Art by Madeline Duvall
George Washington University. American University. Georgetown University. One by one, universities in Washington, D.C. began to close campus and move to remote classes. As Pepperdine Washington, D.C. students learned of the closures, they began to prepare for the inevitable.
“If you had asked me on that Monday [March 9] if we were going to be sent home, it wouldn’t have even crossed my mind,” sophomore Rachael Murdock said. “But come Tuesday [March 10], I knew we were going home.”
The Washington, D.C. program, along with Malibu campus students, learned March 11 they would make an early return home that weekend.
Sophomore Julia Randolph is from Pittsburg, Pennsylvania, and while her home shares proximity to D.C., the public’s attitude toward the virus starkly contrasted with the more metropolitan D.C., where the response was quicker.
“That’s just the vibe in D.C. — social activism,” Randolph said. “Everyone’s pushing really hard for social distancing, whereas at home, people don’t care as much.”
For Murdock, who lives in the San Jose, California, it was a bit of the opposite. Two days after she returned home, San Jose went into lockdown, making the transition more awkward.
“It made it a little bit harder coming home because there were things I had hoped to do that were taken away,” Murdock said. “It felt like one thing after another was being taken or canceled.”
D.C. participants join their peers in online classes, but they also have their internships to consider. When the city moved to remote work, some students became unable to continue their internships or have limited work to do from a remote setting.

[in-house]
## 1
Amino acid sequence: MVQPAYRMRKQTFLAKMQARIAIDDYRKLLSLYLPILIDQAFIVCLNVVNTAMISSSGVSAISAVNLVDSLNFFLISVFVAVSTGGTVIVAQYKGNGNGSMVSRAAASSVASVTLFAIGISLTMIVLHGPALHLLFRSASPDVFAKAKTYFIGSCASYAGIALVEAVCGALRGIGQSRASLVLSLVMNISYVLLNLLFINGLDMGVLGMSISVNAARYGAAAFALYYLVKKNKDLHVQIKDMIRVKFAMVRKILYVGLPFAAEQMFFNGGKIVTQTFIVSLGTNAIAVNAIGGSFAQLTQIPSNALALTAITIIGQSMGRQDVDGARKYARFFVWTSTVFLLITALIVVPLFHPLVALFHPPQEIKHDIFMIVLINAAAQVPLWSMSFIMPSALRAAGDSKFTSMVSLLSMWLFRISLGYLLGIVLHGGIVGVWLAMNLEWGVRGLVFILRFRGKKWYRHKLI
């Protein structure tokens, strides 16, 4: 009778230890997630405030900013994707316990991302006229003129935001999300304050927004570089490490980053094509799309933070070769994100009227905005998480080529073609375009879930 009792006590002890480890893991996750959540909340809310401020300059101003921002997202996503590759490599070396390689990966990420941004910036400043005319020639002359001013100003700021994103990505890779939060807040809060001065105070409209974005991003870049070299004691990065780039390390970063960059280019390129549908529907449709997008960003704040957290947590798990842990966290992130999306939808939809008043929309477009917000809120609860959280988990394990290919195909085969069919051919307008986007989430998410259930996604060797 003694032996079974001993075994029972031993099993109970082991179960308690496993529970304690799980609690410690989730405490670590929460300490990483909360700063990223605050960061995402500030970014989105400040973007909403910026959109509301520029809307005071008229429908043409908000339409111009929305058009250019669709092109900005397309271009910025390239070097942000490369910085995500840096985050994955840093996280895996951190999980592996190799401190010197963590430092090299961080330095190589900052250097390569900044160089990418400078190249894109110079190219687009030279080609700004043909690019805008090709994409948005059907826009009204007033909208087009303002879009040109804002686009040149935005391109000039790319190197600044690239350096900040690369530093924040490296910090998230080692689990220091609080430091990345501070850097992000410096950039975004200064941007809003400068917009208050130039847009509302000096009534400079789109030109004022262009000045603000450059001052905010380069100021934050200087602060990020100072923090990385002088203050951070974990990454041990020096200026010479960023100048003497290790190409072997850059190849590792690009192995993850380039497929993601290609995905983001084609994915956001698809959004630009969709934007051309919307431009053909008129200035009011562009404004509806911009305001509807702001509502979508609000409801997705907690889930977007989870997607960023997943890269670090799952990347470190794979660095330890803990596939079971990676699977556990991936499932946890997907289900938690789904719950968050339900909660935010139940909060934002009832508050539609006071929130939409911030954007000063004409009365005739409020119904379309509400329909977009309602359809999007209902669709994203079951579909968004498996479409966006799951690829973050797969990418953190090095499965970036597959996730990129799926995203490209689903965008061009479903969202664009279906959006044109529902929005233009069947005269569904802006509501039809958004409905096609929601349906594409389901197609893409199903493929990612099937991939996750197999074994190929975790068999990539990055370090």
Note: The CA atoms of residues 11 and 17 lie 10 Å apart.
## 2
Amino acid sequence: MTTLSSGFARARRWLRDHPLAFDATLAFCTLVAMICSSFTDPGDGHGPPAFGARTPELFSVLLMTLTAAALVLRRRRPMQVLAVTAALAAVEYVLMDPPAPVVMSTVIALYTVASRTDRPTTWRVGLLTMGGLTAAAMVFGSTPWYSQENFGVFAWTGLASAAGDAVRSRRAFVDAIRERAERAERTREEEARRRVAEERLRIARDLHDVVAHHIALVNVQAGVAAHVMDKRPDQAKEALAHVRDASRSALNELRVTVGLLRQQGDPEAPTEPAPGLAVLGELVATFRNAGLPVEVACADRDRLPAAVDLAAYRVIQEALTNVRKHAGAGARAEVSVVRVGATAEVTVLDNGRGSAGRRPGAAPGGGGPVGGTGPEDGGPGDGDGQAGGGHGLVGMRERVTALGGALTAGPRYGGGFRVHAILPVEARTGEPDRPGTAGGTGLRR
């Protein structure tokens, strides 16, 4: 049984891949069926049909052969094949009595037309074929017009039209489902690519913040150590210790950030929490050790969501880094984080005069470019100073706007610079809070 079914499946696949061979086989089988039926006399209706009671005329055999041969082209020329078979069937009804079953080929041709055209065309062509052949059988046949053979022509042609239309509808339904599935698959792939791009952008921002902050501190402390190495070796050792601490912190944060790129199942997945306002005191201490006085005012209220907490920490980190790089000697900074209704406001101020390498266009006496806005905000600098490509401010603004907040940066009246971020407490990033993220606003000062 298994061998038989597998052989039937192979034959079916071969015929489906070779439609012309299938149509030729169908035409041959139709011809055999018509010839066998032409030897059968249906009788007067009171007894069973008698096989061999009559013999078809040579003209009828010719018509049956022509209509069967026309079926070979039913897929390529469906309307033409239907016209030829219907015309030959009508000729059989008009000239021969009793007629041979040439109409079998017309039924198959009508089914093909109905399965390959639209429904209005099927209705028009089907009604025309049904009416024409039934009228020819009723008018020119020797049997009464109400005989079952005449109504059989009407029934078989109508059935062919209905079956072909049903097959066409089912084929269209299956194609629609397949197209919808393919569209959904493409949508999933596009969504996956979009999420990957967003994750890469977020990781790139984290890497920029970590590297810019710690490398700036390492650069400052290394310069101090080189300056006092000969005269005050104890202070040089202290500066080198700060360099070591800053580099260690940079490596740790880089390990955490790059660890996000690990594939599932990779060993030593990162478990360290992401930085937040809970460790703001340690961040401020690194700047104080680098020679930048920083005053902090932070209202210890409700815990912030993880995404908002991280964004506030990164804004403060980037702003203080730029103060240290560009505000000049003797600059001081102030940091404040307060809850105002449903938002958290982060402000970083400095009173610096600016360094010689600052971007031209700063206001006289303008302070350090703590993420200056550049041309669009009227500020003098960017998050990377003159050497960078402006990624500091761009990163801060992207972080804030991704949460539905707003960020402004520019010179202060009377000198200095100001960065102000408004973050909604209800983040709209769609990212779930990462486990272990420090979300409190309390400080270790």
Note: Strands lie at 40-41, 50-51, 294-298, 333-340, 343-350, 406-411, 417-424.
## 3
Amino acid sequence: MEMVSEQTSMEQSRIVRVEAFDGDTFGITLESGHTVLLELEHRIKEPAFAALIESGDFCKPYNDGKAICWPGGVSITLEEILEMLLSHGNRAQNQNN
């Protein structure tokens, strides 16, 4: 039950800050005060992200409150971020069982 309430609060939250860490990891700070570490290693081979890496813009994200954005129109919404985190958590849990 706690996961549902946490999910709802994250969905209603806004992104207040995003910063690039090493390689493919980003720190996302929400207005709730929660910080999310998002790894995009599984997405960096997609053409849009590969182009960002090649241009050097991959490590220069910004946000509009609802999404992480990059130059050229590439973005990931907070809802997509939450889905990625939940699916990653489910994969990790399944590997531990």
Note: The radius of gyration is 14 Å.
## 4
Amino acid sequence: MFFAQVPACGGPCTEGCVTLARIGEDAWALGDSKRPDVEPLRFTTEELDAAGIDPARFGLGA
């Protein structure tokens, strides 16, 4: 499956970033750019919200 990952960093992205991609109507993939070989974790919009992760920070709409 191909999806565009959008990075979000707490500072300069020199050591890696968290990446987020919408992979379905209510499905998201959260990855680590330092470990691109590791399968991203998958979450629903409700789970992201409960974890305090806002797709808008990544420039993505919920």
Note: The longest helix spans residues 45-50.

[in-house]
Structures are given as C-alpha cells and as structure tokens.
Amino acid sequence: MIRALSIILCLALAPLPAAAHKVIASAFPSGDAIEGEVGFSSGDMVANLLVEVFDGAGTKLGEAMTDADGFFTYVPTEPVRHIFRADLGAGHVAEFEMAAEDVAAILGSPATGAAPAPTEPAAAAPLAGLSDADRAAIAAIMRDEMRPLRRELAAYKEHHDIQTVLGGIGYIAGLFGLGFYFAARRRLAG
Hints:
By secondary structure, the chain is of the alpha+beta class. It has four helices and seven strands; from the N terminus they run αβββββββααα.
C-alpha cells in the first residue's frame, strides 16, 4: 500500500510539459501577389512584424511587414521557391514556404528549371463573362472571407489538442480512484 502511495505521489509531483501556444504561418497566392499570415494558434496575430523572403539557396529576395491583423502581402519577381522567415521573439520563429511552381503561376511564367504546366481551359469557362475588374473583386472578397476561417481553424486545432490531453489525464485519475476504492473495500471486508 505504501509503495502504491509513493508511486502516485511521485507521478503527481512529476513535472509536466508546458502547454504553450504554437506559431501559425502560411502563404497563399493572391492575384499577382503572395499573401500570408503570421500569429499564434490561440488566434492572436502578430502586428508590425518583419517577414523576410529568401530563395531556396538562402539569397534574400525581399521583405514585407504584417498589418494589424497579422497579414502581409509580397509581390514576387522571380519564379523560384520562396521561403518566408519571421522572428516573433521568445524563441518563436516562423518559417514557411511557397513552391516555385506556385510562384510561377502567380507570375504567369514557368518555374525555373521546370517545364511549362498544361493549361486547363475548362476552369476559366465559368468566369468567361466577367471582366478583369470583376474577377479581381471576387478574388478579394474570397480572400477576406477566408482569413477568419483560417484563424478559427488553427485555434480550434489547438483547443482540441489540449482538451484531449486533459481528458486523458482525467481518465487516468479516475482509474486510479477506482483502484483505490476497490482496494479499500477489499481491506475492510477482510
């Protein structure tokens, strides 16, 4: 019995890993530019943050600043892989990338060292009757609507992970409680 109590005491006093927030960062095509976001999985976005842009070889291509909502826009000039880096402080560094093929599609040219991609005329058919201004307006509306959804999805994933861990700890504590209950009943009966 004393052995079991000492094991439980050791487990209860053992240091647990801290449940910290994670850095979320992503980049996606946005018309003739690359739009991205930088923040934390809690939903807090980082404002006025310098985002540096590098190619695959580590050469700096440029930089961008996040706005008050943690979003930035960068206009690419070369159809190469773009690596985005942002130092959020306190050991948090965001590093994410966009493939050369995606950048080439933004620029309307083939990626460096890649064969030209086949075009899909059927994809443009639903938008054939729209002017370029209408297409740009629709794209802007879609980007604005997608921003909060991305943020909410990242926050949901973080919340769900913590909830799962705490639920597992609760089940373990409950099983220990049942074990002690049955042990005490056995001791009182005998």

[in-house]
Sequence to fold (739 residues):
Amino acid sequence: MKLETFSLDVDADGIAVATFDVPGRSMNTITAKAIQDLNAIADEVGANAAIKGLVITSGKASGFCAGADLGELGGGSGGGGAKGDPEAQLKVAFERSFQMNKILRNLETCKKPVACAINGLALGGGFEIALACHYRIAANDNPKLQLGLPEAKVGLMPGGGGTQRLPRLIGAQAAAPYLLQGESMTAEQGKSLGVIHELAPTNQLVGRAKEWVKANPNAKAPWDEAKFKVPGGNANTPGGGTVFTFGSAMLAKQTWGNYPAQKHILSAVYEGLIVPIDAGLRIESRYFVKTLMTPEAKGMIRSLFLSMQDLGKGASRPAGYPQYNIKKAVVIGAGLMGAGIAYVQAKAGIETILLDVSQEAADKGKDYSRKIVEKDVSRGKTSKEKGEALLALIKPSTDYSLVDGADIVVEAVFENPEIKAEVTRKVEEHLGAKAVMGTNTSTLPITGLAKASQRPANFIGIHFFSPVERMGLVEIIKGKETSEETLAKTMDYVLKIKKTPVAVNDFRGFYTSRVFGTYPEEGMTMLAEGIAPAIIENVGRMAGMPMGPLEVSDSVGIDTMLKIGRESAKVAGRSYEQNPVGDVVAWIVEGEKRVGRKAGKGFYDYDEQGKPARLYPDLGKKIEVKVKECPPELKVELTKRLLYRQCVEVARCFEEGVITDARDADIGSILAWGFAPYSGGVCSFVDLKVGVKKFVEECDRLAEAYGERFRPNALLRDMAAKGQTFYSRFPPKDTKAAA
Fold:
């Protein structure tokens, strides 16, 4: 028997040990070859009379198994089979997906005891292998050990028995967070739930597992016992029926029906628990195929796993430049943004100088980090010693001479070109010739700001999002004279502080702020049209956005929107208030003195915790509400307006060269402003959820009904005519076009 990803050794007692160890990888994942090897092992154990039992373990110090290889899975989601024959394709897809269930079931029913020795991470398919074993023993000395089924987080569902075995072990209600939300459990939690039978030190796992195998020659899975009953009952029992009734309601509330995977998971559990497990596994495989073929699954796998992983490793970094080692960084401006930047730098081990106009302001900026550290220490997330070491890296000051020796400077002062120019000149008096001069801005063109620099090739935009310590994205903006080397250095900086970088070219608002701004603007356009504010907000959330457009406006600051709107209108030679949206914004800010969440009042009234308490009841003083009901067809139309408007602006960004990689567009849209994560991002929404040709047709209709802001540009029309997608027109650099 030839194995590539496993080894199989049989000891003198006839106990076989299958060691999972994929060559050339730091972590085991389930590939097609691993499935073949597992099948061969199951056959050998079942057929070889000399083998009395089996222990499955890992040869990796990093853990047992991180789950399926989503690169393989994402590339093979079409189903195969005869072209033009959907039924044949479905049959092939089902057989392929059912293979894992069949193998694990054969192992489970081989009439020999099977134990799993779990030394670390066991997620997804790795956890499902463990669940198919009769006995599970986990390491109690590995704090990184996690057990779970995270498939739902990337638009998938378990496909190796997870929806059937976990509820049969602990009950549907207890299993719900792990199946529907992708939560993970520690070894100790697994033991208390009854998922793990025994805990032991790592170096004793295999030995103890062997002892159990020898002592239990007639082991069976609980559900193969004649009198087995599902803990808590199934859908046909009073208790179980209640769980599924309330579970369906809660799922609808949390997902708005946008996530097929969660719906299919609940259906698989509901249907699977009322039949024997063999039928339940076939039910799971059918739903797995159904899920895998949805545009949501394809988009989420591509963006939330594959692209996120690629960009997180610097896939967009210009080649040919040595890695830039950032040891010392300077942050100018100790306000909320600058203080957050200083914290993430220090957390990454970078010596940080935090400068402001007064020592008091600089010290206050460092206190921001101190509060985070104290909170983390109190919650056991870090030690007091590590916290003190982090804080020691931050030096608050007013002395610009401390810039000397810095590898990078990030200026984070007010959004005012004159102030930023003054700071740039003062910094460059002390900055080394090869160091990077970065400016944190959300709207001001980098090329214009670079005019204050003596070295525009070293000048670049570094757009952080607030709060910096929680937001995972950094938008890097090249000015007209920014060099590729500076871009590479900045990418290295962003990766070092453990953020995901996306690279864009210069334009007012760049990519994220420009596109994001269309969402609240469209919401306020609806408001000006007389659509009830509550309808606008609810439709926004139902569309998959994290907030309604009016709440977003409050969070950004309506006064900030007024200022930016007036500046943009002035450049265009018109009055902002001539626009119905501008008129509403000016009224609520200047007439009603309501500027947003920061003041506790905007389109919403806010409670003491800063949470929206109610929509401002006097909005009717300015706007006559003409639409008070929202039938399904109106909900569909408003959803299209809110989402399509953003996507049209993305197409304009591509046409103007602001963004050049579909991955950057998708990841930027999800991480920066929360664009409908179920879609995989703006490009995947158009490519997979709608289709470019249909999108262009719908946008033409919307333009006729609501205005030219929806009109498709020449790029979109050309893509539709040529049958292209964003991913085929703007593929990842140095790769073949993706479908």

Students take internships in D.C. for four or six credits, and the number of credits earned depend on the hours worked at the internship. Now with students working remotely, they are having to get creative with how to fulfill their internship hours.
“They’re not going to just honor the hours that we’ve met already and say that’s enough — you have to figure out something,” Randolph said. “A new internship or something remote.”
D.C. Director Brian Swarts has created assignments and projects for students to complete additional hours to help them fulfill the requirement. Randolph and Murdock were able to transition to remote work to finish their hours. However, many students are in a place where reaching the requirement is impossible, Randolph said.
“I’m taking six credits for the internship, but there’s no way I’m going to make six credits with the amount of hours,” Randolph said. “So I’m going to decrease to four credits. But some people can’t do that because they relied on six credits to be able to be considered a full-time student. And then there’s the whole mess of financial aid if you’re not a full-time student.”
Sophomore Lauren Whittington interned for the German-American Heritage Museum of the USA. After the Smithsonian shut its doors, Whittington said, her museum decided to do the same. Because of the nature of her work, and the small size of the museum, she was unable to transition to remote work, but Whittington said she’s not worried about completing her hours as she’s almost to her goal.
Randolph said working remotely has both taken away and given her new insight and experiences in the workplace. On the one hand, she’s no longer working in an office, interacting with coworkers and learning from them. On the other, she’s gotten to watch her full-time coworkers transition to remote work alongside the interns, something they’ve never had to do before.
The transition to online classes was difficult, Whittington said, as she greatly underestimated the amount of work online classes would be. Randolph and Murdock shared that one of their professors has opted out of lecturing for the rest of the semester; instead, they watch documentaries, TED Talks and other videos.
The program has stayed connected through Zoom sessions, and Murdock, who is the Spiritual Life Advisor for the group, plans to organize a virtual small group for students to stay in touch.
In light of everything, Randolph, Murdock and Whittington commended Pepperdine for their quick action in prioritizing student safety and the work of the D.C. staff.
“I miss D.C., but I think being in D.C. right now would be pretty scary,” Whittington said. “I think the university did what they needed to do, because they wouldn’t have gone through all this trouble if it wasn’t totally necessary.”
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